I might have said too much hahaha but that is all!

    1. Team Open Brunei Article Author

      Thanks for sharing your thoughts!

      Do you think that the well-off majority of the population would not be tempted at all to use public transport at all? Bruneians are already known to car pool when it comes to lunch on working days, or weddings. Could this be taken into account?

      Great point about more pavements and bridges. Are there any specific areas frequented by pedestrains that you feel aren’t particularly pedestrian-friendly?

  11. FRani

    Salam,

    Sincerely feeling the idea guys, and loving the suggestions made in previous comments.

    My addition would be a system similar to that of the Octopus card in Hong Kong/Oyster card in London which can be used in both buses and the metro. As mentioned above, there aren’t fixed fares as of date but more regular users (owners of such a card) should be charged less to use public transportation.

    Perhaps a nation-wide metro is not unfeasible? Like the London Underground, maybe include ‘zones’ for stations in each district? As for Temburong, maybe the metro can extend a line on the actual bridge being built that links Bandar to Bangar – not unlike London Overground.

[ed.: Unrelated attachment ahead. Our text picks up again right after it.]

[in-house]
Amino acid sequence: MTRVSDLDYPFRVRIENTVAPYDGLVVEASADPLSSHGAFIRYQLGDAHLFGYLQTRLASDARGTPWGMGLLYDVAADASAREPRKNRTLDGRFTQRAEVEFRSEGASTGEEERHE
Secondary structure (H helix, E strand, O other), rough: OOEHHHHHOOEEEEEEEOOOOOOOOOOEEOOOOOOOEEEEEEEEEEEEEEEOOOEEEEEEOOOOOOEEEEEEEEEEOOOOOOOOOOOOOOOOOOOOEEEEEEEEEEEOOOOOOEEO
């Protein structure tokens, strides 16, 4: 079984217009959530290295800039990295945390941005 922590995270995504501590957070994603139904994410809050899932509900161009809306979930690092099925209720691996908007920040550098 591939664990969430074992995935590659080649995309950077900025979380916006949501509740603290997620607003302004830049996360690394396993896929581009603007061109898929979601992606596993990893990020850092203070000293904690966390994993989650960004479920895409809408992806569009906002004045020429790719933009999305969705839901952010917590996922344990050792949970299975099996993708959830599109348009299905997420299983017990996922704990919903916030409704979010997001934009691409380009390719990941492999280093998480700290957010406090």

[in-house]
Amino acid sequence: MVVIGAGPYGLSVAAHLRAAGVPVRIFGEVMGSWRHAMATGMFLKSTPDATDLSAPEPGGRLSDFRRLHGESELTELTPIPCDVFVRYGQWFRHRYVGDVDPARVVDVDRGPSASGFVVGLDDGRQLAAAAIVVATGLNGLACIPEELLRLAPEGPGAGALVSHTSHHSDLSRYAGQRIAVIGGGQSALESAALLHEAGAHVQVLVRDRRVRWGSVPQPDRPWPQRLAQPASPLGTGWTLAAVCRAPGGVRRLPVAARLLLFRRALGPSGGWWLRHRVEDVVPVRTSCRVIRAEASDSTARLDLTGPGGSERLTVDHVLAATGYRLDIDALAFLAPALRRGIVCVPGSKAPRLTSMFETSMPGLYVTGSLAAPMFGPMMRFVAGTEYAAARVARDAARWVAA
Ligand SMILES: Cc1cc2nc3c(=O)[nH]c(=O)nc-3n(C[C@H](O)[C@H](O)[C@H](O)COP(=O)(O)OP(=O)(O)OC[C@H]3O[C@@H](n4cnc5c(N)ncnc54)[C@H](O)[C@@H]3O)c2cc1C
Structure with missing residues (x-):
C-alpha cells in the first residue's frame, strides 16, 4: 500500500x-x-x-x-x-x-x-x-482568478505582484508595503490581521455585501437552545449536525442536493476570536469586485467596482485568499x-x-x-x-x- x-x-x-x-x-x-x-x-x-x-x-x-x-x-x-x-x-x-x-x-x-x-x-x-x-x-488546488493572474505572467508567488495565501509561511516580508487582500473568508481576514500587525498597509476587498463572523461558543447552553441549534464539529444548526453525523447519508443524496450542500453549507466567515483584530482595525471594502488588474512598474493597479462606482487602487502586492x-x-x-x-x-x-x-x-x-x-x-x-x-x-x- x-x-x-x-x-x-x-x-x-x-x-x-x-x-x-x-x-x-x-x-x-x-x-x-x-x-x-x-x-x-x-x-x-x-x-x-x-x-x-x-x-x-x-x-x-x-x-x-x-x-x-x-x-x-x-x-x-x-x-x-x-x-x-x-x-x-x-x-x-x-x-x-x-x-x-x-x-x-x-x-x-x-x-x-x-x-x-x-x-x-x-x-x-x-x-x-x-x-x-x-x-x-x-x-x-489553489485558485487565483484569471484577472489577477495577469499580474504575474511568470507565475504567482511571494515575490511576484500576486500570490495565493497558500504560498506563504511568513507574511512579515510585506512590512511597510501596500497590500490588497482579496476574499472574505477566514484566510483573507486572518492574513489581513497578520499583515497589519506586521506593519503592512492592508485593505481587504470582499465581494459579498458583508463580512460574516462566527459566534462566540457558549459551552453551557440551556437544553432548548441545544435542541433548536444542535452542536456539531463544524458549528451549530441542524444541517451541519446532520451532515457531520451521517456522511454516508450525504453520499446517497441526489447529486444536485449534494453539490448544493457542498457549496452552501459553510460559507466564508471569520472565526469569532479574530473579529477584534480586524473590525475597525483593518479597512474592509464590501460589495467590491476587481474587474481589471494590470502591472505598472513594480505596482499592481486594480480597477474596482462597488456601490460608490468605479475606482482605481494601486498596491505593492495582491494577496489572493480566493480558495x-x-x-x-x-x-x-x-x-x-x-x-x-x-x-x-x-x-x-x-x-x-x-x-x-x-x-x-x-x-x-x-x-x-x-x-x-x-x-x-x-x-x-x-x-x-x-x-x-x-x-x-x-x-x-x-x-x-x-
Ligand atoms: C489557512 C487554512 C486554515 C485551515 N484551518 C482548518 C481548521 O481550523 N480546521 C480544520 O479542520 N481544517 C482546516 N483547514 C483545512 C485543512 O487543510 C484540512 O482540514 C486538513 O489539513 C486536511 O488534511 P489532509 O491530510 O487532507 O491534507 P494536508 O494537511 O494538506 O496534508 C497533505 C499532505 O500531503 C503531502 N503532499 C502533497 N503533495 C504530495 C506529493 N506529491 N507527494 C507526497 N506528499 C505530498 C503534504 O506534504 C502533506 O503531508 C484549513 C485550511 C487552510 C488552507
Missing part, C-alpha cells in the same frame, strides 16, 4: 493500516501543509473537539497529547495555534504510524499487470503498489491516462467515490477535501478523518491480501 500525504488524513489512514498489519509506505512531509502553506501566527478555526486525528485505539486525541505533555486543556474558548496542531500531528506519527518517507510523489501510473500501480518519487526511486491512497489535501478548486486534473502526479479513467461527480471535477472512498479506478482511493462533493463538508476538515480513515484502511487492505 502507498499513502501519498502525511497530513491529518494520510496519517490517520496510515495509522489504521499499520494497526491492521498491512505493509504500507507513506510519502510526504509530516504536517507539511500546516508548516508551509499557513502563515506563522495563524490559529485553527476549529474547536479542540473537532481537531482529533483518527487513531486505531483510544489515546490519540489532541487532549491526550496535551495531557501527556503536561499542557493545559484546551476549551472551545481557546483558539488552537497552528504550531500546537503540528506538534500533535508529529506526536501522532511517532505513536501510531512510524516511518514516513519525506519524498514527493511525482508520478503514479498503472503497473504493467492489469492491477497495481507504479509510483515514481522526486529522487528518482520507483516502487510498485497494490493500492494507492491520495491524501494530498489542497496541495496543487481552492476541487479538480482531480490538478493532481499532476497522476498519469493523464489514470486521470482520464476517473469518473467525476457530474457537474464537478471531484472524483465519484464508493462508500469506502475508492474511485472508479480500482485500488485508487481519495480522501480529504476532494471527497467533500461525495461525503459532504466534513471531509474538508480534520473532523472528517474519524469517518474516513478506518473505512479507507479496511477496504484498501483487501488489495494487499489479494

Hope this is of help πŸ™‚

  12. SD

    A bit late to reply to this article but here I am nonetheless! I think it’s a good article and seems like quite a bit of thought was put into it, as someone else already commented.

    In line with the BSB DMP, and as a few above have already commented, it’d be great if we could get improved public transport service (bus or metro) linking the hotspots of Brunei-Muara e.g. Gadong, Kiulap, Airport, Bandar, government offices and then if the response is good, develop the system to link all the villages.

    I like the idea of air conditioned trams with big windows (I like to people watch as I travel) that we can just jump on and off to get from Gadong to Kiulap for example. But I guess implementing it would require modifying our existing roads or even expanding some roads and I’m not sure this will be easy.

    As for pedestrian only zones – I say start with Bandar! Build a whole load of nice and shady trees, walking pavements and bicycle lanes. Start a rent-a-bike ‘cycle yourself around BSB’ scheme for tourists! Kudos to the development of the Waterfront – I think it’s lovely, just needs more trees probably (city in the garden!)

  13. bob

    You idiots in Brunei can’t even build a road to Temburong and you want to build a metro rail system? Haha don’t make me laugh you lazy jackasses.

  14. Pingback: Brunei-Muara Metro Service: Development of Routes – Open Brunei